How a new law could help create housing in Vermont’s downtowns
BRATTLEBORO, Vt. (WCAX) - Vermont’s vibrant communities are often built around historic downtown centers filled with iconic buildings, like Brattleboro’s historic Brooks House.
A decade ago, a fire tore through the structure, striking a blow to the community.
“It became to folks in town that however goes this building, so does our downtown,” said Skye Morse of M&S Development.
Southern Vermont-based developer Morse launched a $24 million revitalization effort. But because rents in the block were low, banks would only finance $6 million of the project, leaving him scrambling for more funding sources.
“In most cases that means that the deal doesn’t get done and the downtown dies,” Morse said.
The Vermont Economic Development Authority, or VEDA, finances countless projects across the state. But there’s been a $1.5 million cap per project until now. A new law passed this year raises VEDA’s lending capacity from $1.5 million to $5 million, in hopes of spurring more projects like the Brooks House.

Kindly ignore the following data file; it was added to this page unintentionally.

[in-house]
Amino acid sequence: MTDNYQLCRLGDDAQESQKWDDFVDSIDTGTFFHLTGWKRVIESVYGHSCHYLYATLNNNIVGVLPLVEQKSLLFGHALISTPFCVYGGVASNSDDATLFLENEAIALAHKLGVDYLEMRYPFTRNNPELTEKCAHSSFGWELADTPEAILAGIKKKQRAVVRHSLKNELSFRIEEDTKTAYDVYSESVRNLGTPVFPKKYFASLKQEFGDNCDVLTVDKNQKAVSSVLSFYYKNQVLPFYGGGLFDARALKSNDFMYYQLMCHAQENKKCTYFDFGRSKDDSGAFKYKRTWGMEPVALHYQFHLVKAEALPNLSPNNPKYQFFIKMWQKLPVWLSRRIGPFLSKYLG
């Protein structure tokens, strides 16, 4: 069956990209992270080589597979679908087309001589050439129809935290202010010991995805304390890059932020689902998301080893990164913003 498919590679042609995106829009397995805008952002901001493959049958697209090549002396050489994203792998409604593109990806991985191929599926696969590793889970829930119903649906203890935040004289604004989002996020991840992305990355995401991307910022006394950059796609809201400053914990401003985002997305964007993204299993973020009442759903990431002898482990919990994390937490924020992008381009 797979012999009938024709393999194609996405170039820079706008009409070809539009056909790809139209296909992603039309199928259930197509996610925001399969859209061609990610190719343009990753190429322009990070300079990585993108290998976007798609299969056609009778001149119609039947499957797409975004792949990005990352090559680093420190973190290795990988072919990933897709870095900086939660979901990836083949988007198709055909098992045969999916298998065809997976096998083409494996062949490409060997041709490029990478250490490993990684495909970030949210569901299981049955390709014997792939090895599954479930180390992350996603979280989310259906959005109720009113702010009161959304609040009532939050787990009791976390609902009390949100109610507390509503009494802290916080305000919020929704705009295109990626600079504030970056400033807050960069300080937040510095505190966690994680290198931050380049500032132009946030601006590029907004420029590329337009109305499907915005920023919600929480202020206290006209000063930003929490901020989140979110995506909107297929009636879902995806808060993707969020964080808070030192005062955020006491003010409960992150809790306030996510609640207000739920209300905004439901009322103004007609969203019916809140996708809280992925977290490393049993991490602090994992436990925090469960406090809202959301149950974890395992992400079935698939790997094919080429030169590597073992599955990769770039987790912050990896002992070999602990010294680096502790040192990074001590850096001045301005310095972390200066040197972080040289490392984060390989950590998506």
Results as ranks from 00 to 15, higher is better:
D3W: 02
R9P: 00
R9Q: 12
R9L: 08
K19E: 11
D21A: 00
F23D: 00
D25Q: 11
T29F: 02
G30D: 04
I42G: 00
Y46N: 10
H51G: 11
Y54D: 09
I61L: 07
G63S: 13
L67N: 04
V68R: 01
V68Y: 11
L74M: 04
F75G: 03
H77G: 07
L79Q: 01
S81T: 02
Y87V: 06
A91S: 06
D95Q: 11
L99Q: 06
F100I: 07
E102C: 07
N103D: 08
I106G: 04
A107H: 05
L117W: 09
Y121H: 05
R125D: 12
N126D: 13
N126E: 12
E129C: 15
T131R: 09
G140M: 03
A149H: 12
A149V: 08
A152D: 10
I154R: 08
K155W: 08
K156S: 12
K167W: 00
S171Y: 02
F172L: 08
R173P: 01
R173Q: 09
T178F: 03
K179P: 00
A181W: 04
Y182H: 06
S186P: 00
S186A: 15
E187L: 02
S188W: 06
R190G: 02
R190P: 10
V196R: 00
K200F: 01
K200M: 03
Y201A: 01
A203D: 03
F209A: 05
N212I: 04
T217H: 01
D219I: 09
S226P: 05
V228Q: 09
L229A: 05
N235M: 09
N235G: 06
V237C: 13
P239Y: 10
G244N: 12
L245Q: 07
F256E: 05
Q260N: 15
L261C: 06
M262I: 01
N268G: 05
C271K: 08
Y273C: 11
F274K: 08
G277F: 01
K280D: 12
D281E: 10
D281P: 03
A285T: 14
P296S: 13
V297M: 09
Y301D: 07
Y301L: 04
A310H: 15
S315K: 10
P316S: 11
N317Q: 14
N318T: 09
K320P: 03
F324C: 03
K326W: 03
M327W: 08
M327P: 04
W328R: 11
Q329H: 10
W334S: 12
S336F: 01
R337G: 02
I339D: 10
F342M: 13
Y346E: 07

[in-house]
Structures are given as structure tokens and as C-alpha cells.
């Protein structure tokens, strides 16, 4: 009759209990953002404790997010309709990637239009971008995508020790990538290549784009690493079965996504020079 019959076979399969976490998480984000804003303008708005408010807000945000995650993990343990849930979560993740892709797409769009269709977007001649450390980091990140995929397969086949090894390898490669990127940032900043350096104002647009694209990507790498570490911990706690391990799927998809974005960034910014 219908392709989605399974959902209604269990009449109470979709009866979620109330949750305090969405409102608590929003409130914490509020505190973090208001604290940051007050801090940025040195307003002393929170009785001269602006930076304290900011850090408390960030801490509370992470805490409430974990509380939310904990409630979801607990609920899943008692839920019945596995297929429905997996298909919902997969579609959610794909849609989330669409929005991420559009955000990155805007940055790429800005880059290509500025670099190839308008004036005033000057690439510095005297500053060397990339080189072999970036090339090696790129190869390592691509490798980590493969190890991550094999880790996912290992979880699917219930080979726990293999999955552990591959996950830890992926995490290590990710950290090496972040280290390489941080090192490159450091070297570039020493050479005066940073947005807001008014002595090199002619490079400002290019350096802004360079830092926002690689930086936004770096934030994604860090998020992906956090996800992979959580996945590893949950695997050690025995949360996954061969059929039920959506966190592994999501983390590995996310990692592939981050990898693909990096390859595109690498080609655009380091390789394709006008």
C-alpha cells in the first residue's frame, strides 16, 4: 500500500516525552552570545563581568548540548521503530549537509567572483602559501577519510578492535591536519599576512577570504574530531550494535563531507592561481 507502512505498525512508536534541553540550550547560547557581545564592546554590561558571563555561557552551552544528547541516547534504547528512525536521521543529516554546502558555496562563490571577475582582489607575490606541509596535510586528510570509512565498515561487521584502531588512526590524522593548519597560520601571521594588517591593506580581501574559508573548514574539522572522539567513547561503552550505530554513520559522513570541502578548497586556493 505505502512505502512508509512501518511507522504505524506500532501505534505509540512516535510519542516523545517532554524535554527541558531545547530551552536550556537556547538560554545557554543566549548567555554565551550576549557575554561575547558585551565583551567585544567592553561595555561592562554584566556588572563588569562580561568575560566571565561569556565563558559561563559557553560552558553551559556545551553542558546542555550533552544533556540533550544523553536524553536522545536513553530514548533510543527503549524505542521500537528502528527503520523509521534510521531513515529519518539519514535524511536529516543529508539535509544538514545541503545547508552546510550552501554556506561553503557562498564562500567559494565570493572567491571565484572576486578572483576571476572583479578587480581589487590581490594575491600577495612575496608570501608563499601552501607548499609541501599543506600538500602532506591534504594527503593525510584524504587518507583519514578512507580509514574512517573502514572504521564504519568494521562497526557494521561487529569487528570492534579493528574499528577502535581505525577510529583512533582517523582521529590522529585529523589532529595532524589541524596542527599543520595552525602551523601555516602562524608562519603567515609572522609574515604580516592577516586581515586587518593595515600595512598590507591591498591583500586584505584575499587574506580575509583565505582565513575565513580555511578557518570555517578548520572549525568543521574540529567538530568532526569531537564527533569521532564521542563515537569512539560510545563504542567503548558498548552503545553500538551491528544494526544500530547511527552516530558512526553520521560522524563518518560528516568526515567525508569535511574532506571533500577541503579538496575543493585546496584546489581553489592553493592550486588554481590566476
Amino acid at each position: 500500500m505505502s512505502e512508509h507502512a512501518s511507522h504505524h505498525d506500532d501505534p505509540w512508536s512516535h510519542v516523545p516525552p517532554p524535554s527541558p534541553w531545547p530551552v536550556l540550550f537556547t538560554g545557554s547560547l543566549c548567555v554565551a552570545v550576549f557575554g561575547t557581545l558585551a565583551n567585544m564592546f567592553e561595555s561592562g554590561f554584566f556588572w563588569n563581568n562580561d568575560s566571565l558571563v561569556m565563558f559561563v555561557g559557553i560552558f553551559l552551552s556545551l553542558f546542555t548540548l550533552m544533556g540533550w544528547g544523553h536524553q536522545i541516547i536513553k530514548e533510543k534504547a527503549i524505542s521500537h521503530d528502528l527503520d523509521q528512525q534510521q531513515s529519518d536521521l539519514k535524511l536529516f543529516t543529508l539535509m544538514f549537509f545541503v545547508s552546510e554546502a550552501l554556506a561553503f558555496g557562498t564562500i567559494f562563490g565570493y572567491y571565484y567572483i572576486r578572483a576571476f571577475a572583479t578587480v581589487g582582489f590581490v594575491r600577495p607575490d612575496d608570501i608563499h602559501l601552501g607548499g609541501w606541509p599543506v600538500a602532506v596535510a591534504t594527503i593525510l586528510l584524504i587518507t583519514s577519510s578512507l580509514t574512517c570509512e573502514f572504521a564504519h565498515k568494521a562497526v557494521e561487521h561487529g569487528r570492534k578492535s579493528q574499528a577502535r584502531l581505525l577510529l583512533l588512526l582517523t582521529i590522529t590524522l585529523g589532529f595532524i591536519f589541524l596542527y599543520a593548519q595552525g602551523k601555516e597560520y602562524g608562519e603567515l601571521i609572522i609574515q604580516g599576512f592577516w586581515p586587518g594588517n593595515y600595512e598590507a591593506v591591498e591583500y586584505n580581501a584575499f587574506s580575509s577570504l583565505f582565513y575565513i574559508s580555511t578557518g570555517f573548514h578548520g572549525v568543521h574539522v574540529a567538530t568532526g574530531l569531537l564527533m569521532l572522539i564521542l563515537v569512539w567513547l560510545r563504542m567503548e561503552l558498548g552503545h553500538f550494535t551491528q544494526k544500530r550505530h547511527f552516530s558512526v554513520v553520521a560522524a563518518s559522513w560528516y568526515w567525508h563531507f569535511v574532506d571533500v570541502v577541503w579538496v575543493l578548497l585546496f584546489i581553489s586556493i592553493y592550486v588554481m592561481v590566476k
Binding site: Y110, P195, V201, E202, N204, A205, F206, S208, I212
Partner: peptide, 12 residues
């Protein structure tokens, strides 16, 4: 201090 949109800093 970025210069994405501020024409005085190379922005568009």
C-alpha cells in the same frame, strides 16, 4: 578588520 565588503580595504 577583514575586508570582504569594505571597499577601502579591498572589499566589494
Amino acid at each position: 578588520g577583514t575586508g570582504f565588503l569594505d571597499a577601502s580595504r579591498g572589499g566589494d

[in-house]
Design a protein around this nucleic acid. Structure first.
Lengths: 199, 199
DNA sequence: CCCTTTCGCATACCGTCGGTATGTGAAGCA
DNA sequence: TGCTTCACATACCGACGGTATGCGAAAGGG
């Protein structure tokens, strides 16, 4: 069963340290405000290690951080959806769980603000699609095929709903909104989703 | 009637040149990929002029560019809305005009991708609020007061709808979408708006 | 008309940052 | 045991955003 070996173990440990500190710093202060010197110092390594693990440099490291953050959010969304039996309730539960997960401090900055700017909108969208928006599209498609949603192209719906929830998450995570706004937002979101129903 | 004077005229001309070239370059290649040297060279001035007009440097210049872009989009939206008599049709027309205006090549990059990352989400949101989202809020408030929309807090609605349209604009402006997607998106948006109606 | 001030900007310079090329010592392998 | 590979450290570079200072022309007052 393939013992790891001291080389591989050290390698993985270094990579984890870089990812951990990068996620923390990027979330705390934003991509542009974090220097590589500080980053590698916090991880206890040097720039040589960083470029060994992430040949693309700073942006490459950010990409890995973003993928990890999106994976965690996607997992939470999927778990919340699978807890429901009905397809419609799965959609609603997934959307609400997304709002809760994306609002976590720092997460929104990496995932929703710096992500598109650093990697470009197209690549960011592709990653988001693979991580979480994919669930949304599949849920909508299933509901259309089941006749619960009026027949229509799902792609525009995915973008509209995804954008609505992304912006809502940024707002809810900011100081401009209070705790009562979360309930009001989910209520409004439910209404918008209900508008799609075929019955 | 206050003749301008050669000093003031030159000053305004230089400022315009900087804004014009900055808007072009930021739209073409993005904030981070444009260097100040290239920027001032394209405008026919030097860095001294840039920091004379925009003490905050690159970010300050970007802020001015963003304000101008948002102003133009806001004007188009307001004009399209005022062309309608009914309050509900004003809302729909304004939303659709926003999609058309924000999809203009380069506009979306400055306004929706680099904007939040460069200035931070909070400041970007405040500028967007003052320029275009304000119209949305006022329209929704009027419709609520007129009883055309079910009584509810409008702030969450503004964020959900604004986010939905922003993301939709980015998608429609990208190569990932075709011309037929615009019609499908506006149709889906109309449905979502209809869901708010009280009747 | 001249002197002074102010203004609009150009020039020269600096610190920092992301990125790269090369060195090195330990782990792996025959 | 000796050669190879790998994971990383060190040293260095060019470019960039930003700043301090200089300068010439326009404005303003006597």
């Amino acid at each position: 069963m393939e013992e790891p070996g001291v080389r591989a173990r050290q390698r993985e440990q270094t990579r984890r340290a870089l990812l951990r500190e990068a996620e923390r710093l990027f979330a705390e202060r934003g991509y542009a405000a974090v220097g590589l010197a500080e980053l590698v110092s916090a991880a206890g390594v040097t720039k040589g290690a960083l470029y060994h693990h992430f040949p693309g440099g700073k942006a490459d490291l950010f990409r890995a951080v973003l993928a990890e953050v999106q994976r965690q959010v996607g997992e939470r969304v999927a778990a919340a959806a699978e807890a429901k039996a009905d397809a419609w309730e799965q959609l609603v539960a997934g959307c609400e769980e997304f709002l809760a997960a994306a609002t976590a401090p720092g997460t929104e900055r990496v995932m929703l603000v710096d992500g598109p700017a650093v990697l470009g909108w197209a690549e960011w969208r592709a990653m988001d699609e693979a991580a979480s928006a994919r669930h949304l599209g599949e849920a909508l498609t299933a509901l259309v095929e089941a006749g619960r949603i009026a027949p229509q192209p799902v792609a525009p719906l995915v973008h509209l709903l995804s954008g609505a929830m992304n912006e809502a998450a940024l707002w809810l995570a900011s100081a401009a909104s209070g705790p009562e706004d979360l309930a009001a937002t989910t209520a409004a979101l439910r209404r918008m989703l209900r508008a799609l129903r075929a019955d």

“All of these pieces fit together,” said Cassie Polhemus, the executive director of VEDA.
Polhemus calls the new law a big step forward in investing in downtowns and keeping jobs in Vermont.
“People want to come to Vermont. They want good jobs. They want there to be businesses that support those and pay decent wages,” Polhemus said.
So why is this change being made now? Lawmakers say Vermont’s housing crunch is forcing the state to consider every avenue for housing, including projects like the Brooks House, where there are businesses downstairs and housing units upstairs.
The new law also allows VEDA to finance assisted living and long-term care and mental health facilities.
“That will hopefully enable additional facilities online to support the community that wants to age here in our communities,” Morse said.
Another tool to tackle housing, labor and demographic challenges.
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